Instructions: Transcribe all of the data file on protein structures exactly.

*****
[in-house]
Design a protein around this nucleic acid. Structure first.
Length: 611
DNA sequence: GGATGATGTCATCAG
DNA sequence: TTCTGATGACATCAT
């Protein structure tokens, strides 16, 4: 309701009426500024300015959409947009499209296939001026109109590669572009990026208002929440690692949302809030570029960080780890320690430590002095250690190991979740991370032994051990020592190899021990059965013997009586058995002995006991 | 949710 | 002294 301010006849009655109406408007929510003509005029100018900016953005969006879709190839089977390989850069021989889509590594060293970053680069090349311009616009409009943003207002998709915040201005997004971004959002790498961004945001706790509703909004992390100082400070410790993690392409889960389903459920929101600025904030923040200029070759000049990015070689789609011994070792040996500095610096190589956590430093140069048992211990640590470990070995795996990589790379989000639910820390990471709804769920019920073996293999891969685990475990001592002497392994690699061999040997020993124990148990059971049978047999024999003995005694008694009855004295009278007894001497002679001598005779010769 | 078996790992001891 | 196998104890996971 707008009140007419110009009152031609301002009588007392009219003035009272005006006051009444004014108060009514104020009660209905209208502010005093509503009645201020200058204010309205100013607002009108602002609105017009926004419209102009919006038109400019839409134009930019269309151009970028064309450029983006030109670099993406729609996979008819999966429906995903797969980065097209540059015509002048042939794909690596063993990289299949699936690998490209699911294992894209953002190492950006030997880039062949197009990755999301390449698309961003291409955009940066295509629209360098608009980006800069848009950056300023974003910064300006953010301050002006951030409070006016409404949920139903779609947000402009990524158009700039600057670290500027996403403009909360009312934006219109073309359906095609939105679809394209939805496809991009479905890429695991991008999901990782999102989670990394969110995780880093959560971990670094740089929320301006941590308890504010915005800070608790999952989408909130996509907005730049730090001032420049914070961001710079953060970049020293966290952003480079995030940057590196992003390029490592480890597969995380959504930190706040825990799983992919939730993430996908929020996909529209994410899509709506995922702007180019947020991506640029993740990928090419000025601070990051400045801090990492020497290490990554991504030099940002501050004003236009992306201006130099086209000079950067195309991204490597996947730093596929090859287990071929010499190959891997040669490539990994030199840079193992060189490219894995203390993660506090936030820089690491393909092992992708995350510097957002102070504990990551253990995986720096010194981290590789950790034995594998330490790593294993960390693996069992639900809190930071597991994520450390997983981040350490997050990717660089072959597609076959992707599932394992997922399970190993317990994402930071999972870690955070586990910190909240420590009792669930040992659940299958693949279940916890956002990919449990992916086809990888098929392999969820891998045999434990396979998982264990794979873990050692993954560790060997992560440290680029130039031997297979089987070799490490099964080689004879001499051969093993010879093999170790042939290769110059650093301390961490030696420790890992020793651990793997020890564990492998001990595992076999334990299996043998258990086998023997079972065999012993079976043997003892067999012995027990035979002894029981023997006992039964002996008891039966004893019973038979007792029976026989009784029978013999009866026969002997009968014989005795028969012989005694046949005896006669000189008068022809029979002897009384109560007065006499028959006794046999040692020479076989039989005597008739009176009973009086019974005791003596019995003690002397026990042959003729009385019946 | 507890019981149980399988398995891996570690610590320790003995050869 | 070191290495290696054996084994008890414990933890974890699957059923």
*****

[in-house]
Design a protein around this nucleic acid. Structure first.
Length: 611
DNA sequence: GGATGATGTCATCAG
DNA sequence: TTCTGATGACATCAT
């Protein structure tokens, strides 16, 4: 309701009426500024300015959409947009499209296939001026109109590669572009990026208002929440690692949302809030570029960080780890320690430590002095250690190991979740991370032994051990020592190899021990059965013997009586058995002995006991 | 949710 | 002294 301010006849009655109406408007929510003509005029100018900016953005969006879709190839089977390989850069021989889509590594060293970053680069090349311009616009409009943003207002998709915040201005997004971004959002790498961004945001706790509703909004992390100082400070410790993690392409889960389903459920929101600025904030923040200029070759000049990015070689789609011994070792040996500095610096190589956590430093140069048992211990640590470990070995795996990589790379989000639910820390990471709804769920019920073996293999891969685990475990001592002497392994690699061999040997020993124990148990059971049978047999024999003995005694008694009855004295009278007894001497002679001598005779010769 | 078996790992001891 | 196998104890996971 707008009140007419110009009152031609301002009588007392009219003035009272005006006051009444004014108060009514104020009660209905209208502010005093509503009645201020200058204010309205100013607002009108602002609105017009926004419209102009919006038109400019839409134009930019269309151009970028064309450029983006030109670099993406729609996979008819999966429906995903797969980065097209540059015509002048042939794909690596063993990289299949699936690998490209699911294992894209953002190492950006030997880039062949197009990755999301390449698309961003291409955009940066295509629209360098608009980006800069848009950056300023974003910064300006953010301050002006951030409070006016409404949920139903779609947000402009990524158009700039600057670290500027996403403009909360009312934006219109073309359906095609939105679809394209939805496809991009479905890429695991991008999901990782999102989670990394969110995780880093959560971990670094740089929320301006941590308890504010915005800070608790999952989408909130996509907005730049730090001032420049914070961001710079953060970049020293966290952003480079995030940057590196992003390029490592480890597969995380959504930190706040825990799983992919939730993430996908929020996909529209994410899509709506995922702007180019947020991506640029993740990928090419000025601070990051400045801090990492020497290490990554991504030099940002501050004003236009992306201006130099086209000079950067195309991204490597996947730093596929090859287990071929010499190959891997040669490539990994030199840079193992060189490219894995203390993660506090936030820089690491393909092992992708995350510097957002102070504990990551253990995986720096010194981290590789950790034995594998330490790593294993960390693996069992639900809190930071597991994520450390997983981040350490997050990717660089072959597609076959992707599932394992997922399970190993317990994402930071999972870690955070586990910190909240420590009792669930040992659940299958693949279940916890956002990919449990992916086809990888098929392999969820891998045999434990396979998982264990794979873990050692993954560790060997992560440290680029130039031997297979089987070799490490099964080689004879001499051969093993010879093999170790042939290769110059650093301390961490030696420790890992020793651990793997020890564990492998001990595992076999334990299996043998258990086998023997079972065999012993079976043997003892067999012995027990035979002894029981023997006992039964002996008891039966004893019973038979007792029976026989009784029978013999009866026969002997009968014989005795028969012989005694046949005896006669000189008068022809029979002897009384109560007065006499028959006794046999040692020479076989039989005597008739009176009973009086019974005791003596019995003690002397026990042959003729009385019946 | 507890019981149980399988398995891996570690610590320790003995050869 | 070191290495290696054996084994008890414990933890974890699957059923």